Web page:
Winchester — The words to “Welcome Christmas” came to John Hudson upon a midnight clear.
It was early December 2007, so Christmas already was in the air. Hudson of Berryville woke up in the middle of the night, wrote all six verses and went right back to sleep.
“Days later, when I looked at it to see if anything needed to be fixed, I changed one word,” said Hudson, 55, who is a senior vice president and marketing director for the Bank of Clarke County.
Five years later, the song that came to Hudson out of the blue has been published by the General Board of Discipleship, which provides resources to United Methodist churches worldwide.
The song was accepted in August and is now featured on the organization’s website, where it can be viewed by anyone, he said. Churches worldwide go to the site to look for new songs to use, and though he won’t always know it, he hopes the hymn finds its way into many of them.
“I would love to think that this carol would be downloaded and used all over the world for Christmas worship,” Hudson said.
And, if and when the Methodist Church revises its hymnal, hopefully the Christmas song will be considered for that as well, he said.
The carol is a celebration of the birth of Jesus Christ with verses such as “Welcome Christmas, come this way, Christ our Lord was born this day. Harken back to manger stay, Welcome Christmas, come this way.”
Other verses talk of singing carols, angels singing, peace on Earth, and having good cheer.
The simple verses and melody make it “very singable,” which is good for choirs, Hudson said.
That first Christmas, he used what he had written as a poem he shared with friends and family. In fall 2008, he put the verses to music.
The song ended up in the hands of his pastor, the Rev. William K. Dawson, of Duncan Memorial United Methodist Church in Berryville,and the church’s minister of music, Mildred Keating. They chose to use it as a Christmas hymn at the church that year, and it has been sung each year since.
Dawson said he liked that the song announces “the full Christmas message that Christ has come into the world.”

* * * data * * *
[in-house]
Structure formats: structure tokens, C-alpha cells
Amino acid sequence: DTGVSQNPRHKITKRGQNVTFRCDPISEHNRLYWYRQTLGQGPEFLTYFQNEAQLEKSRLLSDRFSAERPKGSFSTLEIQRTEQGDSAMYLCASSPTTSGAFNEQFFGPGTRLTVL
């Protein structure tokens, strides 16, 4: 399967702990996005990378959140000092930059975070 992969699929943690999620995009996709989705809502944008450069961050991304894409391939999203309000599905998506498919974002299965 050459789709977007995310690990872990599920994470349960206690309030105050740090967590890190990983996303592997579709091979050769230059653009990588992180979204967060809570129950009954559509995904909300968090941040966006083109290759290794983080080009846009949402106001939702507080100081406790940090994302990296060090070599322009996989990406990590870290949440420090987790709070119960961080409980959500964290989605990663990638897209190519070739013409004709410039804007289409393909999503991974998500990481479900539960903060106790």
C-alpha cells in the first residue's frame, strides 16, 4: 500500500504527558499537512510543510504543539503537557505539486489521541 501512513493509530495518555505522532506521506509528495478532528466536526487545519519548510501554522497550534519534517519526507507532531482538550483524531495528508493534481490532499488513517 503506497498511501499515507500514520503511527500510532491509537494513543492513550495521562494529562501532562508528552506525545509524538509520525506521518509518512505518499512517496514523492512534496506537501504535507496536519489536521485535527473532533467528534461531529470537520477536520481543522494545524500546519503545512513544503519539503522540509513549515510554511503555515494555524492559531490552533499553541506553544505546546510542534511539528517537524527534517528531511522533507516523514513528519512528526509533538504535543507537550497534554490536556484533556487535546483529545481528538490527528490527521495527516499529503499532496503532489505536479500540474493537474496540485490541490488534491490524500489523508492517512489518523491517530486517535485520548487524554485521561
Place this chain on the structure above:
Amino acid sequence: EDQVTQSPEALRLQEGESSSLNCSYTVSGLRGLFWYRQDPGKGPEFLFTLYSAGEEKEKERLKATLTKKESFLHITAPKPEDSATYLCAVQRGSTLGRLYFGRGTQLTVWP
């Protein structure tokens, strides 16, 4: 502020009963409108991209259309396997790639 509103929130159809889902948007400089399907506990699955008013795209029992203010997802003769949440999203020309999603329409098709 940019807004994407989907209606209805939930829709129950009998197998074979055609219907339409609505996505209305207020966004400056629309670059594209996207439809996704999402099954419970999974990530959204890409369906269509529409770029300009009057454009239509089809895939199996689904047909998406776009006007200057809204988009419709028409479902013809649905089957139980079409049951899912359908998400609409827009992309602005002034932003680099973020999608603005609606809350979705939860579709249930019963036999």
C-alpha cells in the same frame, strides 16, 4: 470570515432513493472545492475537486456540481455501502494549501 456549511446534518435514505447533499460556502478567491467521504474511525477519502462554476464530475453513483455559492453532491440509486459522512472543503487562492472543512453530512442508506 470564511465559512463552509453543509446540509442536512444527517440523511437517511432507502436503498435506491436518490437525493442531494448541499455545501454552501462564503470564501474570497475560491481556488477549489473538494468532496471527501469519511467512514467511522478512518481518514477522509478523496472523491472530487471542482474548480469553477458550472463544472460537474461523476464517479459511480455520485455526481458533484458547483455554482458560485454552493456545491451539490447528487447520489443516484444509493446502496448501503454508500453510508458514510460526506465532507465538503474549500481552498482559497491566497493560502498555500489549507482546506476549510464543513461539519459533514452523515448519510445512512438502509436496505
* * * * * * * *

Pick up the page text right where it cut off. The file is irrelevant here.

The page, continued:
“We found it was a wonderful melody that was easy to sing and had a very uplifting message for the Christmas season,” he said.
Hudson is a gifted musician, so it wasn’t a surprise that the song was chosen by the General Board of Discipleship, Dawson said.
It was surreal to hear his song sung by his church choir for the first time in 2008, Hudson said, especially since he has been attending there since 1974.
So when Hudson submitted the song in July to the General Board of Discipleship, and, five weeks later, received an email saying it had been chosen, he was dumbfounded. It was the first song he has had published since he wrote a jingle for the Bank of Clarke County in 1997.
Music has always been part of Hudson’s life. He started singing solos in his church as a child. Keating taught him piano and voice from ages 8 to 18 when he was the choir director.
Hudson joined Duncan Memorial’s adult choir in 1974. He earned a bachelor’s degree in music education at Longwood College, graduating in 1980. From 1980 until about 1987, he pursued a recording career and copyrighted 13 original songs.
During that time, he also was the organist and choir director at Boyce Baptist Church.
In 1983, he started at the bank, where he worked his way up from security guard to drive-through teller to collections officer to loan officer to marketing director and senior vice president.
The push for the recording career stopped when he got married July 11, 1987, to his wife, Kathy. The couple later had two sons. Hudson also earned a master’s degree from Shenandoah University in 1991.
Even when music wasn’t his main focus, it was always present in his life, Hudson said. He participates with the Piedmont Singers in overseas trips, is the house soloist for the Clarke Community Band, and he is in a Dixieland band called Dixie Rhythm.
He also is working on another hymn, which he wants to tie in with the United Methodist’s denominational promise, “Open hearts, Open minds, Open doors.”
A copy of the full song and music is available at http://bit.ly/Ujn1It.
— Contact Laura McFarland at email@example.com.